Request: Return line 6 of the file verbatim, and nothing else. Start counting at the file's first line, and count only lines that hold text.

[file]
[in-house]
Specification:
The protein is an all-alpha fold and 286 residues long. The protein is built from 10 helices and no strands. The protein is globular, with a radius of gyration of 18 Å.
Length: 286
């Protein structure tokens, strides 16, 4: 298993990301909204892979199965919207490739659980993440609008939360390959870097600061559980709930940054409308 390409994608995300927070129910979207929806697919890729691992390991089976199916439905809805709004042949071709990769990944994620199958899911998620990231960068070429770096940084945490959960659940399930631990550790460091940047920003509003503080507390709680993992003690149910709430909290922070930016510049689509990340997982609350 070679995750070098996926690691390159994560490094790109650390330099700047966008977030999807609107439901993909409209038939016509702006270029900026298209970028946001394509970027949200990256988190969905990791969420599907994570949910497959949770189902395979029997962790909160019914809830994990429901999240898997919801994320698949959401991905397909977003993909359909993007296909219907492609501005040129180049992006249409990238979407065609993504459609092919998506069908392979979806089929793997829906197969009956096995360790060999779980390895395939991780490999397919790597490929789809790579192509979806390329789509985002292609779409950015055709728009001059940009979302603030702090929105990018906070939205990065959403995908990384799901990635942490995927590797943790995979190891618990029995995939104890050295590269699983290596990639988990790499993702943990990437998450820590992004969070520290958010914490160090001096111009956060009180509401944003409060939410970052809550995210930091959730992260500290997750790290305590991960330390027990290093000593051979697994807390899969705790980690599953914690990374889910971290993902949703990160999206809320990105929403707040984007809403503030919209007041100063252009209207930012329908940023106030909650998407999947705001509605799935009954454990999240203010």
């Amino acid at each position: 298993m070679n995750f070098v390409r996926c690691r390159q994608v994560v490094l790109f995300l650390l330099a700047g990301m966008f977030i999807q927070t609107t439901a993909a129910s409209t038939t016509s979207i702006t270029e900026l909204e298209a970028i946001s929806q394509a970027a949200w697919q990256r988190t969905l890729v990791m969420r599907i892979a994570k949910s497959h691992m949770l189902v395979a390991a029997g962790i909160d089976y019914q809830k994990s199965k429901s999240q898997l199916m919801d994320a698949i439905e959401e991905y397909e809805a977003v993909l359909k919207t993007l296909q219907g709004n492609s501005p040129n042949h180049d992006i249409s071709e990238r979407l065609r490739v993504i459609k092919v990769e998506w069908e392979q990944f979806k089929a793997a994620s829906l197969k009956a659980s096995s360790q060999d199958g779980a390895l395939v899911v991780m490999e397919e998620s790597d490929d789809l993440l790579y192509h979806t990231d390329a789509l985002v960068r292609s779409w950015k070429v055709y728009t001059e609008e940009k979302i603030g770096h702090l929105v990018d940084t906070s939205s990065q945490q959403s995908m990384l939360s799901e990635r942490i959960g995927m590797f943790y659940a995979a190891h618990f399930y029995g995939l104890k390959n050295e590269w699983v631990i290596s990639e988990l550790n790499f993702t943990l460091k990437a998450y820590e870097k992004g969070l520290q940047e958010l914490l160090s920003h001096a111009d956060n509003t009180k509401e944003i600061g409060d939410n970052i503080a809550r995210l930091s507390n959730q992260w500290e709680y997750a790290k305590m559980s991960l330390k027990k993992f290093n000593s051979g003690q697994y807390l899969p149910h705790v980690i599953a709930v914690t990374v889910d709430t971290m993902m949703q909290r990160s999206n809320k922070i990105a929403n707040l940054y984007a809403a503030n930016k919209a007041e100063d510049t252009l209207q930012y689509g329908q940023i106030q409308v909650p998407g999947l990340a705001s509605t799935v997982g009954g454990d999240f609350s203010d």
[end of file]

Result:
């Amino acid at each position: 298993m070679n995750f070098v390409r996926c690691r390159q994608v994560v490094l790109f995300l650390l330099a700047g990301m966008f977030i999807q927070t609107t439901a993909a129910s409209t038939t016509s979207i702006t270029e900026l909204e298209a970028i946001s929806q394509a970027a949200w697919q990256r988190t969905l890729v990791m969420r599907i892979a994570k949910s497959h691992m949770l189902v395979a390991a029997g962790i909160d089976y019914q809830k994990s199965k429901s999240q898997l199916m919801d994320a698949i439905e959401e991905y397909e809805a977003v993909l359909k919207t993007l296909q219907g709004n492609s501005p040129n042949h180049d992006i249409s071709e990238r979407l065609r490739v993504i459609k092919v990769e998506w069908e392979q990944f979806k089929a793997a994620s829906l197969k009956a659980s096995s360790q060999d199958g779980a390895l395939v899911v991780m490999e397919e998620s790597d490929d789809l993440l790579y192509h979806t990231d390329a789509l985002v960068r292609s779409w950015k070429v055709y728009t001059e609008e940009k979302i603030g770096h702090l929105v990018d940084t906070s939205s990065q945490q959403s995908m990384l939360s799901e990635r942490i959960g995927m590797f943790y659940a995979a190891h618990f399930y029995g995939l104890k390959n050295e590269w699983v631990i290596s990639e988990l550790n790499f993702t943990l460091k990437a998450y820590e870097k992004g969070l520290q940047e958010l914490l160090s920003h001096a111009d956060n509003t009180k509401e944003i600061g409060d939410n970052i503080a809550r995210l930091s507390n959730q992260w500290e709680y997750a790290k305590m559980s991960l330390k027990k993992f290093n000593s051979g003690q697994y807390l899969p149910h705790v980690i599953a709930v914690t990374v889910d709430t971290m993902m949703q909290r990160s999206n809320k922070i990105a929403n707040l940054y984007a809403a503030n930016k919209a007041e100063d510049t252009l209207q930012y689509g329908q940023i106030q409308v909650p998407g999947l990340a705001s509605t799935v997982g009954g454990d999240f609350s203010d």